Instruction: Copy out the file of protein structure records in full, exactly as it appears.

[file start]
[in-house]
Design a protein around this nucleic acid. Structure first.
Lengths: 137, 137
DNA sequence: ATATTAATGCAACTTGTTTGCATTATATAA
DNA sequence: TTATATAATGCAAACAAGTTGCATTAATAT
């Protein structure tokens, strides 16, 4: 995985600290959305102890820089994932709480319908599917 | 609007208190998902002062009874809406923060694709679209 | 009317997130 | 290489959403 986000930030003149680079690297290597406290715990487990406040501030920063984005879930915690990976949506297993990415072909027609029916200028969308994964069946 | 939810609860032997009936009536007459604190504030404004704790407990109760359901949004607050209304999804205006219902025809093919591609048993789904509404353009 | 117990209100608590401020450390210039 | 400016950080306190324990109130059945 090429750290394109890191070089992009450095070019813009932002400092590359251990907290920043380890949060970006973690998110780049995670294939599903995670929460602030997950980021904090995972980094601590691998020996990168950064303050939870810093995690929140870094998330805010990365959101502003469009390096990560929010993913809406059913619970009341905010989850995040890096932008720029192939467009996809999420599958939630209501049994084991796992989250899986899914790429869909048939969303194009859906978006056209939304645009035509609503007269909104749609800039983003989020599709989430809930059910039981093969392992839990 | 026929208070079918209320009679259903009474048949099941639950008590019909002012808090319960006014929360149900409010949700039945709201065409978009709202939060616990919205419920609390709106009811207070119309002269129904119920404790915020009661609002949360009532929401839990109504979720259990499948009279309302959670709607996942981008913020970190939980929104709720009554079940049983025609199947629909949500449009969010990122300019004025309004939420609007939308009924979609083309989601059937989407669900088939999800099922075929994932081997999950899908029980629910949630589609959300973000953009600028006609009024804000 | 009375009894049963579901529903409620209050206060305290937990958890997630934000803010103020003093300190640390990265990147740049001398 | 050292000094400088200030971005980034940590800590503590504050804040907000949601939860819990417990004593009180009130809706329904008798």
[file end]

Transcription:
[in-house]
Design a protein around this nucleic acid. Structure first.
Lengths: 137, 137
DNA sequence: ATATTAATGCAACTTGTTTGCATTATATAA
DNA sequence: TTATATAATGCAAACAAGTTGCATTAATAT
């Protein structure tokens, strides 16, 4: 995985600290959305102890820089994932709480319908599917 | 609007208190998902002062009874809406923060694709679209 | 009317997130 | 290489959403 986000930030003149680079690297290597406290715990487990406040501030920063984005879930915690990976949506297993990415072909027609029916200028969308994964069946 | 939810609860032997009936009536007459604190504030404004704790407990109760359901949004607050209304999804205006219902025809093919591609048993789904509404353009 | 117990209100608590401020450390210039 | 400016950080306190324990109130059945 090429750290394109890191070089992009450095070019813009932002400092590359251990907290920043380890949060970006973690998110780049995670294939599903995670929460602030997950980021904090995972980094601590691998020996990168950064303050939870810093995690929140870094998330805010990365959101502003469009390096990560929010993913809406059913619970009341905010989850995040890096932008720029192939467009996809999420599958939630209501049994084991796992989250899986899914790429869909048939969303194009859906978006056209939304645009035509609503007269909104749609800039983003989020599709989430809930059910039981093969392992839990 | 026929208070079918209320009679259903009474048949099941639950008590019909002012808090319960006014929360149900409010949700039945709201065409978009709202939060616990919205419920609390709106009811207070119309002269129904119920404790915020009661609002949360009532929401839990109504979720259990499948009279309302959670709607996942981008913020970190939980929104709720009554079940049983025609199947629909949500449009969010990122300019004025309004939420609007939308009924979609083309989601059937989407669900088939999800099922075929994932081997999950899908029980629910949630589609959300973000953009600028006609009024804000 | 009375009894049963579901529903409620209050206060305290937990958890997630934000803010103020003093300190640390990265990147740049001398 | 050292000094400088200030971005980034940590800590503590504050804040907000949601939860819990417990004593009180009130809706329904008798």